The idea of going to court to give evidence may seem daunting. Knowing what to expect will make the experience less of an ordeal.
Before the Trial
Any paperwork received should be read carefully – in particular the date and location of the trial should be checked and re-checked. Witnesses should make sure they know where the court is and how to get there. The Witness Service can arrange for witnesses to have a look around the court before the day of the trial. Alternatively, most trials are open to the public so anyone can go to their local Crown Court to watch a trial.
Witnesses who have special requirements – for example those who need an interpreter or who have a disability – should contact the Witness Service prior to the trial. The Witness Service will make any necessary arrangements to ensure that witnesses are as comfortable as possible.
The Day of the Trial
As soon as they arrive at court witnesses should sign in for their case. Notices will tell visitors to the court where they need to go. If in any doubt, ask a receptionist, usher or security guard who will be able to point people in the right direction.
Witnesses should be able to have a look at their witness statements before they give evidence. A trial will often take place a long time after the statement was given and memories may have faded in the meantime.
Predicting exactly how long a trial will take or when a particular witness will be needed is not always easy. Witnesses may find that they have to wait around for some time before they are called into court. Witnesses should not talk to anyone about their evidence until the trial has ended.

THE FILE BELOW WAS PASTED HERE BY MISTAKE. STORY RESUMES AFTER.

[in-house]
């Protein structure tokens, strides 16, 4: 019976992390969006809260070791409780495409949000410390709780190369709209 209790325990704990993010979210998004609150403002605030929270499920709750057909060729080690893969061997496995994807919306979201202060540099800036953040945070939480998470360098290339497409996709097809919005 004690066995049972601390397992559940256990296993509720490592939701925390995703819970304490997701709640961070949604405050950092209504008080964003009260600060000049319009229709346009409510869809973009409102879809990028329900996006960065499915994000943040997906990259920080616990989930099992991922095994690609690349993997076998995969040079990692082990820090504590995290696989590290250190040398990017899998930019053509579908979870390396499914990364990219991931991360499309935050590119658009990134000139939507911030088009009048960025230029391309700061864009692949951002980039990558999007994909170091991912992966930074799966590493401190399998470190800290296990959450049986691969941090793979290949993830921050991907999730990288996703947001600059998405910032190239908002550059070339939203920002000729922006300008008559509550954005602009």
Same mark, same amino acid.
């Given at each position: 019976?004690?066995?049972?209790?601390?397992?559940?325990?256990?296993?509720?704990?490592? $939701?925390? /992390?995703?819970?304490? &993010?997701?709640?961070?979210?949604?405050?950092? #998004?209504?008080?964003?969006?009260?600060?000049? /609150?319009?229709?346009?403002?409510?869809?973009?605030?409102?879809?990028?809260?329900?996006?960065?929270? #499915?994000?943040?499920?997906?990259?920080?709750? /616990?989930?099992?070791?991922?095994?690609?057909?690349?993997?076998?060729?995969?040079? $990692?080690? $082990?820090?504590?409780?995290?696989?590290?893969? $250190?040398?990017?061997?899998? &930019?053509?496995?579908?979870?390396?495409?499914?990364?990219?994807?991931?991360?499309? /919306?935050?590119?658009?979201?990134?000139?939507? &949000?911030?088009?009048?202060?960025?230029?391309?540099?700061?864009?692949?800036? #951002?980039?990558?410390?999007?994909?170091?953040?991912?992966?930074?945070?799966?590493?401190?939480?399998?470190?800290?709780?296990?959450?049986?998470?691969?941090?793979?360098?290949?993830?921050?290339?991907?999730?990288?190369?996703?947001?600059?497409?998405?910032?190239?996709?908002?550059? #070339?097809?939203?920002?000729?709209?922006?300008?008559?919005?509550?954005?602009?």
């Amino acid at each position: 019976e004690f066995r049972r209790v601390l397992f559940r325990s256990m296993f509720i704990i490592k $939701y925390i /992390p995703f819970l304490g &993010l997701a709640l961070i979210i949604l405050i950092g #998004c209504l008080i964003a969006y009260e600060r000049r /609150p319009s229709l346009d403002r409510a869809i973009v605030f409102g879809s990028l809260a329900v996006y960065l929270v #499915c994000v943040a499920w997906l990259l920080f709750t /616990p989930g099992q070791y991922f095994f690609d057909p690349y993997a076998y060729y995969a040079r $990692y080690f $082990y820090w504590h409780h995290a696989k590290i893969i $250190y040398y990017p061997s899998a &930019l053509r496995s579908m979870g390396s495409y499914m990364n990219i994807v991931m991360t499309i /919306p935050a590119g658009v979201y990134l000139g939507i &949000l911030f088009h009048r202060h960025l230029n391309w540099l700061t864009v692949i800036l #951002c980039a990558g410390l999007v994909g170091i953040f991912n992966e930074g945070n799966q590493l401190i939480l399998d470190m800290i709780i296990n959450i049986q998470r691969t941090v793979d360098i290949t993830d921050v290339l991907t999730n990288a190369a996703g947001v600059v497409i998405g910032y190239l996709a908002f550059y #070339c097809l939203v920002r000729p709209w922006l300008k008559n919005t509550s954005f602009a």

Being Sworn in as a Witness
When the court is ready for a particular witness they will be called into the courtroom and the usher will lead them to the witness box. Before a witness begins to give their evidence the usher will ask them to swear to tell the truth. If a witness has a religion they take an oath on the holy book applicable to that religion. The usher will help locate the correct book and give the witness a card which has on it the words they have to say. Those who do not have a religion will affirm.
In either event once a witness has been “sworn in” they are on oath and anything they say must be the truth. Lying on oath can be a very serious crime.
Giving Evidence in Court
Once a witness has been sworn in they are ready to give evidence. A barrister or solicitor representing the party who has called the witness will begin to ask some questions. The purpose of the questions is to get the same information from the witness as they gave in their witness statement. This is known as evidence-in-chief.
Witnesses may find the following tips helpful:
Listen carefully to all questions.
Make sure questions are understood before answering; only answer the question that has actually been asked.
If a witness does not understand a question, cannot remember or does not know the answer they are entitled to say so.
Although a lawyer will be asking the questions witnesses should address their answers to the judge.
Speak slowly and clearly.
Keep calm and do not argue with the lawyer.
Cross Examination and Re-Examination
When a witness has finished giving his evidence, the lawyer for the other side is entitled to cross -examine that witness. The purpose of cross-examination is to cast doubt on the witness’s evidence. This is the lawyer’s job – it is not a personal attack on the witness. The lawyer can, and will, ask leading questions. Witnesses should not allow themselves to be swayed or bullied into changing their stories from what they know to be true.
Once a witness has been cross-examined the first lawyer may ask a few more questions to clarify anything that was said during cross-examination. Occasionally the judge may also ask a few questions.